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Abstract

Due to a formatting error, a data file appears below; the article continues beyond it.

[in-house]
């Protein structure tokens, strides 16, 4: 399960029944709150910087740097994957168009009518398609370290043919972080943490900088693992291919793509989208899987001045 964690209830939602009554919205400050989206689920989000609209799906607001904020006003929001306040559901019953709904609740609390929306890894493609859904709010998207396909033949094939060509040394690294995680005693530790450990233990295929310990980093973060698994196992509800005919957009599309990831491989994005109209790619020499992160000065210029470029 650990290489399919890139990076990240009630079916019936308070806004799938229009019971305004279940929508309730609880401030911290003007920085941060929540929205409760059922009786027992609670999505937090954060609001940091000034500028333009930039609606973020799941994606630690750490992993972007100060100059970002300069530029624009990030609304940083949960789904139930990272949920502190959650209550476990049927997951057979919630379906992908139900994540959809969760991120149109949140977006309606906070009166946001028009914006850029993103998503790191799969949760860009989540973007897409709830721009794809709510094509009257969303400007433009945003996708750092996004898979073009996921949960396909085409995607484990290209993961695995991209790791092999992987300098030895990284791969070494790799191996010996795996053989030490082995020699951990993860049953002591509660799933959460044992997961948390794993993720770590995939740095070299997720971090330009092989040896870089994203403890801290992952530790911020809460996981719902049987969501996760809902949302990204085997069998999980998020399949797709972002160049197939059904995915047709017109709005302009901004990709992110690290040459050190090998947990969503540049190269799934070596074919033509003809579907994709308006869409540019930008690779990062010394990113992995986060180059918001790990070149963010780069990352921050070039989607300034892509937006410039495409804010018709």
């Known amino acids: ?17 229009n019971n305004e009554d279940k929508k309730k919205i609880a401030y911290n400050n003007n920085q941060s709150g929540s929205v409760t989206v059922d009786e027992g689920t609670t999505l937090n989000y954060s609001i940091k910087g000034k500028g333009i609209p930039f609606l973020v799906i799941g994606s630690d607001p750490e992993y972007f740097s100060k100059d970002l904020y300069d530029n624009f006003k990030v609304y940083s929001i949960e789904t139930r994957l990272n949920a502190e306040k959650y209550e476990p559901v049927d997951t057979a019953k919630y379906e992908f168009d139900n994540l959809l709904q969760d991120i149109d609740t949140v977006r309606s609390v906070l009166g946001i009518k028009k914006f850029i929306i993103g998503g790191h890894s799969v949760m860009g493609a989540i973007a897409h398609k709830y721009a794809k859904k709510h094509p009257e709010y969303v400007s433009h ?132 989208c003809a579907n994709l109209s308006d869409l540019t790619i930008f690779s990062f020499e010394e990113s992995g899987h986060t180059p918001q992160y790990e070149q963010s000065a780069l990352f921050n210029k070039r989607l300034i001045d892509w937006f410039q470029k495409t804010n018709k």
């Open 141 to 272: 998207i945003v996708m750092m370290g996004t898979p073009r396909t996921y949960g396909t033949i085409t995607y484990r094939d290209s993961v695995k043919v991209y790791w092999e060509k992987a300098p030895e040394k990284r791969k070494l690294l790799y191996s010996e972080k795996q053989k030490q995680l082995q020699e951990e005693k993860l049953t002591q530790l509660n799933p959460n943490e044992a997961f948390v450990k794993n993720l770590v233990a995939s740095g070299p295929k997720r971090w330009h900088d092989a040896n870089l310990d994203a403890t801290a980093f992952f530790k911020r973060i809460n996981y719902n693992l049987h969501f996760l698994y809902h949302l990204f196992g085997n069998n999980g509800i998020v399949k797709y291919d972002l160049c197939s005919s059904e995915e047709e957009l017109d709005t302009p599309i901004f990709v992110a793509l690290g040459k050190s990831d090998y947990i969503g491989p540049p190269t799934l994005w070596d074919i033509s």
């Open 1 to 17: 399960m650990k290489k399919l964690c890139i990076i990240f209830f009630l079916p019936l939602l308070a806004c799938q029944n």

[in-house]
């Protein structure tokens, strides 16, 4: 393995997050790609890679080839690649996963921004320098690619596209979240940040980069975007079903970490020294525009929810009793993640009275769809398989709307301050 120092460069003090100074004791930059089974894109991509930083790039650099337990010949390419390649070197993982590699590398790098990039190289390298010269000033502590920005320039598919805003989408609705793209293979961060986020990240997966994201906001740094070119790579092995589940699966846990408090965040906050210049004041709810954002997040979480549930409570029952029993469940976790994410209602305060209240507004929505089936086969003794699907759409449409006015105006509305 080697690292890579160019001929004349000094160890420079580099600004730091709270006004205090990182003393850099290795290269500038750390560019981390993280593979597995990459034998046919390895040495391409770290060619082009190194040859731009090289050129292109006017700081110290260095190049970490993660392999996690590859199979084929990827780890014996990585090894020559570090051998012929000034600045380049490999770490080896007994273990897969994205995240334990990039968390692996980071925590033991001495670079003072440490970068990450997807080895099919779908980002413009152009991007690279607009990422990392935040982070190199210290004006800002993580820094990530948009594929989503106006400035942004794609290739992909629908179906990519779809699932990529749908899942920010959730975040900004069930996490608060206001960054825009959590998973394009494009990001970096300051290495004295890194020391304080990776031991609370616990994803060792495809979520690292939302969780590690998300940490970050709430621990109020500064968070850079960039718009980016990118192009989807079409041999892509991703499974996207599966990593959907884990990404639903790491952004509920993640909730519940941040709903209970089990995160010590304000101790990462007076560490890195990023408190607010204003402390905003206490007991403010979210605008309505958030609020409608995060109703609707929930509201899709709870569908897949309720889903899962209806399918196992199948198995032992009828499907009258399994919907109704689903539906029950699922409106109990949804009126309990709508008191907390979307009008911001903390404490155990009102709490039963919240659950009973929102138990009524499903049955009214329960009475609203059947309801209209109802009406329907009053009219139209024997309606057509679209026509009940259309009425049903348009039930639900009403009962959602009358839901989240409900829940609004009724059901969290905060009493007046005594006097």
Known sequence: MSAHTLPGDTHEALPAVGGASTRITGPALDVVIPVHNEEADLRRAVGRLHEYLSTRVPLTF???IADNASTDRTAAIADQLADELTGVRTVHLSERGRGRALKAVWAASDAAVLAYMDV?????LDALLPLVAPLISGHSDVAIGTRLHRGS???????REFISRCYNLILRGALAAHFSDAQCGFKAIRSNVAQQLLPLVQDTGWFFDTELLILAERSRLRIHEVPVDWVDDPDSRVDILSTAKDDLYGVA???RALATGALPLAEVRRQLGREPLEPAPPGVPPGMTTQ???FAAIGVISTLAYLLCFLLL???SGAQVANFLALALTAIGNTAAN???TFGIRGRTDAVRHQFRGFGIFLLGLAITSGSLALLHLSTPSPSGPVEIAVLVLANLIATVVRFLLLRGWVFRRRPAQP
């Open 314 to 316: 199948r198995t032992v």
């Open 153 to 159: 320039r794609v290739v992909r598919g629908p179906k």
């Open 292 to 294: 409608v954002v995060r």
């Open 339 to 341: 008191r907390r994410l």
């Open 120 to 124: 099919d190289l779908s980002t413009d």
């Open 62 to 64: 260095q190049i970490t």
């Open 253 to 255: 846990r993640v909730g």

We revisit the cost of the U.S. sugar program by analyzing the welfare implications of its removal. We use a multimarket model of U.S. sweetener markets, which includes raw crops, sugar extraction and refining, high-fructose corn syrup, and sweetener users (food-processing industries and final consumers). Our approach addresses the industrial organization of food industries using sweeteners and treats the United States as a large importer. We estimate that, with the removal of the program, cane growers, sugar beet growers, and beet processors would lose $307 million, $650 million, and $89 million (1999 prices), respectively. Sweetener users would gain $1.9 billion (1999 prices). The deadweight loss of the current sugar program is estimated at $532 million (1999 prices). World prices would increase by 13.2 percent with the removal of the program.

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